Sound Minds

Sydney Walk
August 13th 1853

My Dearest Boo

I send my fondest regards to you and LB and baby Angelina – and to Mr Pitt as well, of course. I confess my household is in a state of disarray, such that I am not happy to invite you into it. This letter is to explain a little of what I have suffered recently and to ask for a pardon for my desultory show of hospitality over this summer in London.

The most terrible thing has happened, Boo. Villiers has left us! You told me he was turned upside down by the impending marriage of Jennet to that blockheaded girl. That wedding has now taken place in the village and it seems that Villiers is unable to bear being employed in the same family. So, the Hatherwicks have lost a butler and gained a stupid kitchenmaid. In my generosity I offered Jennet’s bride a place amongst the Blindingham staff – hoping she has improved since she was last with us. We are not returning there for another month (Oh, Boo – you will adore the new rooms we have had built. We have Chinese silk in the first guest room – from China!) but Villiers could take no more of Josiah’s teasing and whilst I was away they had the most awful falling out. He did not even work out his notice.

I went yesterday to the lodging house in Camden where he has taken refuge. His sister owns it, I believe, although she was not present when I called. It is a pleasant enough place, although quite drab on the outside, with flower baskets which were woefully unattended for the time of year. The sister  is landlady to a number of distressed young men, it seems, as the downstairs parlour was full of Villiers’ co-habitants, all clucking and plucking over their lunch. One of them came to the door when I rang the bell and as I entered I was minded of a mother bird returning to the nest at feeding time – there was a silence as they all turned to me with expectant, open faces but  as Villiers emerged to greet me they returned to chooking and scraping at their soup bowls.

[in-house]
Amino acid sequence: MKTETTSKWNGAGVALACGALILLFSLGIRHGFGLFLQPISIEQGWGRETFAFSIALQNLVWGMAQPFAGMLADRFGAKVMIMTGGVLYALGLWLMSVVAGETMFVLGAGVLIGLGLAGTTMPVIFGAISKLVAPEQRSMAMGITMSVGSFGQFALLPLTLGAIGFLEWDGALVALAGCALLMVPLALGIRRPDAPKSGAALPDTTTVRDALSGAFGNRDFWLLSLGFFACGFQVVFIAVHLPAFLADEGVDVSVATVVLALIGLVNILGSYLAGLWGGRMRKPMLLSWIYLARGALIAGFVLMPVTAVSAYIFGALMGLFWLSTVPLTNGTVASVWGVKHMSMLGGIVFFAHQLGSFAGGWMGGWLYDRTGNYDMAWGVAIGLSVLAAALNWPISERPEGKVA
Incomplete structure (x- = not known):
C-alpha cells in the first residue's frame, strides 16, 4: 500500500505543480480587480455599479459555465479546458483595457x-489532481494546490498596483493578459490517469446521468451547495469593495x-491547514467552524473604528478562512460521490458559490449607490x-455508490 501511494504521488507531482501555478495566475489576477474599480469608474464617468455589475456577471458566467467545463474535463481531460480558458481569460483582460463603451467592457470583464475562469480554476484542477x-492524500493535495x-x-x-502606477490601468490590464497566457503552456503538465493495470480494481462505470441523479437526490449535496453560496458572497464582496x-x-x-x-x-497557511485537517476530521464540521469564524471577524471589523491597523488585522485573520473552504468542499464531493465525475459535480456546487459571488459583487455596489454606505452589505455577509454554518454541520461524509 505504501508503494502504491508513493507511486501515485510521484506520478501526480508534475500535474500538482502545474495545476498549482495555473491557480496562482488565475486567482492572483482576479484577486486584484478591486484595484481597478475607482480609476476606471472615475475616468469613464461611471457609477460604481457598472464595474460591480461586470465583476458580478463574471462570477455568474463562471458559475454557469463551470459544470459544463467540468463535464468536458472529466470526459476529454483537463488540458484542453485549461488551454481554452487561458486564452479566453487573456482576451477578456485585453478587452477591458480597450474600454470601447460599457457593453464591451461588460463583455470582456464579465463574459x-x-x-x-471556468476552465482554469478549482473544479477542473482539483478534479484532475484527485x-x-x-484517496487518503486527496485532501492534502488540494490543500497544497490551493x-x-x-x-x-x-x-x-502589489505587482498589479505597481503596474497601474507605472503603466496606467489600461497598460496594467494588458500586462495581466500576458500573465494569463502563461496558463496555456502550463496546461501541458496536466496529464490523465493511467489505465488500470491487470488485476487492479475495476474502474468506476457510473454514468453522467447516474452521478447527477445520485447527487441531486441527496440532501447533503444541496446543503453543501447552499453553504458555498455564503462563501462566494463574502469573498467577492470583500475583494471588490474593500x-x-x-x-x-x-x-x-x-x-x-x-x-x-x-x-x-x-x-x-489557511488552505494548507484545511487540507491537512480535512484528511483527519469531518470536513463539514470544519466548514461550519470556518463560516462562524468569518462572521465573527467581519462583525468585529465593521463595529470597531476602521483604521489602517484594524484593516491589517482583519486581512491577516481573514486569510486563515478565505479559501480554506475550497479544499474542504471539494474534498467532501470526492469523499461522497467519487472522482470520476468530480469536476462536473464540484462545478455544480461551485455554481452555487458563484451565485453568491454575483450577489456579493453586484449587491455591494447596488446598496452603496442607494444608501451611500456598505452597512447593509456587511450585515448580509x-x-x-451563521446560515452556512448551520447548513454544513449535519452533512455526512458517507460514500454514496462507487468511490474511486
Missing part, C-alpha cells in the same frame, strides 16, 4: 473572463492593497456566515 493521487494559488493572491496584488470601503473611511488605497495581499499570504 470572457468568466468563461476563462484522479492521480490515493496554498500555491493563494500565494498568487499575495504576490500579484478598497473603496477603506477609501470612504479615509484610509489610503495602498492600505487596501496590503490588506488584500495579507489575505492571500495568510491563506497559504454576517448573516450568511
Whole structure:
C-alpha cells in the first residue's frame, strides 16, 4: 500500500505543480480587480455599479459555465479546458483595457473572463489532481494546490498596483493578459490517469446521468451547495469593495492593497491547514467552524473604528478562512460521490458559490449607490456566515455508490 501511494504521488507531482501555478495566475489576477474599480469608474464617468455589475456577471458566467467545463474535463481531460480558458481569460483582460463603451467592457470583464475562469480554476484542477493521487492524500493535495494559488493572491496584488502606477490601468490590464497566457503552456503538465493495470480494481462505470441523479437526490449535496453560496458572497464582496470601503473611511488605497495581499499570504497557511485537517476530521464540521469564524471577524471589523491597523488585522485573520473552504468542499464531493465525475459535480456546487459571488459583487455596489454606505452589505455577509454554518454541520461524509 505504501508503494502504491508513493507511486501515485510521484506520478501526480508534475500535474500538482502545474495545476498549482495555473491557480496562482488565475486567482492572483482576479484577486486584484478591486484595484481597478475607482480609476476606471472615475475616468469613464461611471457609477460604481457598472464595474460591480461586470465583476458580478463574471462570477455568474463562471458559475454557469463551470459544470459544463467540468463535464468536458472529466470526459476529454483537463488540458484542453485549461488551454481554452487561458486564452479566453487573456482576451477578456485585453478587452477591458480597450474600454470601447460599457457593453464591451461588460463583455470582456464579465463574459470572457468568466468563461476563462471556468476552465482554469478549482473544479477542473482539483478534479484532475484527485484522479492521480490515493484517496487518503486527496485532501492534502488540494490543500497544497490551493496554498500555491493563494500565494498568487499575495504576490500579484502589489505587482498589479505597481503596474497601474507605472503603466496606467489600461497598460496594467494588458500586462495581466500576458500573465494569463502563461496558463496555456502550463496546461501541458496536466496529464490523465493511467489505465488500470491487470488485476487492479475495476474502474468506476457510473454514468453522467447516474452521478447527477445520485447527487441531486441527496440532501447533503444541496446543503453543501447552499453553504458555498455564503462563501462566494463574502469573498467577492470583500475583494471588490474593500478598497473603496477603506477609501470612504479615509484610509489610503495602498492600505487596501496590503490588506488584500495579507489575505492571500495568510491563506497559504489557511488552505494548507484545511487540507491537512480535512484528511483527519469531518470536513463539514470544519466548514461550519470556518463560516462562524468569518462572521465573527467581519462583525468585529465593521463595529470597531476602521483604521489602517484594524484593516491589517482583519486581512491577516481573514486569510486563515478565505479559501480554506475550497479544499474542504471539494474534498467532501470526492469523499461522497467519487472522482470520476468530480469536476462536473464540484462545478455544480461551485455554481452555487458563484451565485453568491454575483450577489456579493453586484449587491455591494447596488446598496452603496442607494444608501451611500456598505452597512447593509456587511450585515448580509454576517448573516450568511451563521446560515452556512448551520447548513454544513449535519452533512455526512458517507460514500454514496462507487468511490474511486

Villiers was adamant that he could not return, despite some pitiful pleading from me. He allowed me to reclaim Dauncey – which is the least I expected of him – but sent me on my way with a sad resolve not to accompany me. He seems convinced that I am not safe in Josiah’s care and insisted on making prophecies and warnings which meant nothing to me at all. Remembering his shocking treatment of the Girl and her idiot child and his distress at the loss of the booby from Blindingham, I fancy he may be a little unhinged, Boo. There can be no other explanation for his hatred of Josiah and his concern for me – he is driven by guilt and unrequited love for that farm animal of a girl.

Do you know of a physician who specialises in diseases of the mind, Boo? I should so love to restore Villiers’ senses to him. I wish above all else for him to be happy and for Garforth to be on the watch for employment elsewhere.

Really, what with Cook and now this, I fear Josiah and I have been most unfortunate in our employment of the mentally fragile. I wonder whether I have been too tolerant and understanding in my treatment of them. Perhaps a few more harsh words from me would stop me having to save them from themselves when I am most in need of them!

I shall come to see you soon, Boo. I give you my word that you and yours will be the first guests to stay with us at Blindingham. I know that Josiah is keen to give my closest friend the best of our newly refurbished bedchambers,

Yrs

Eff x

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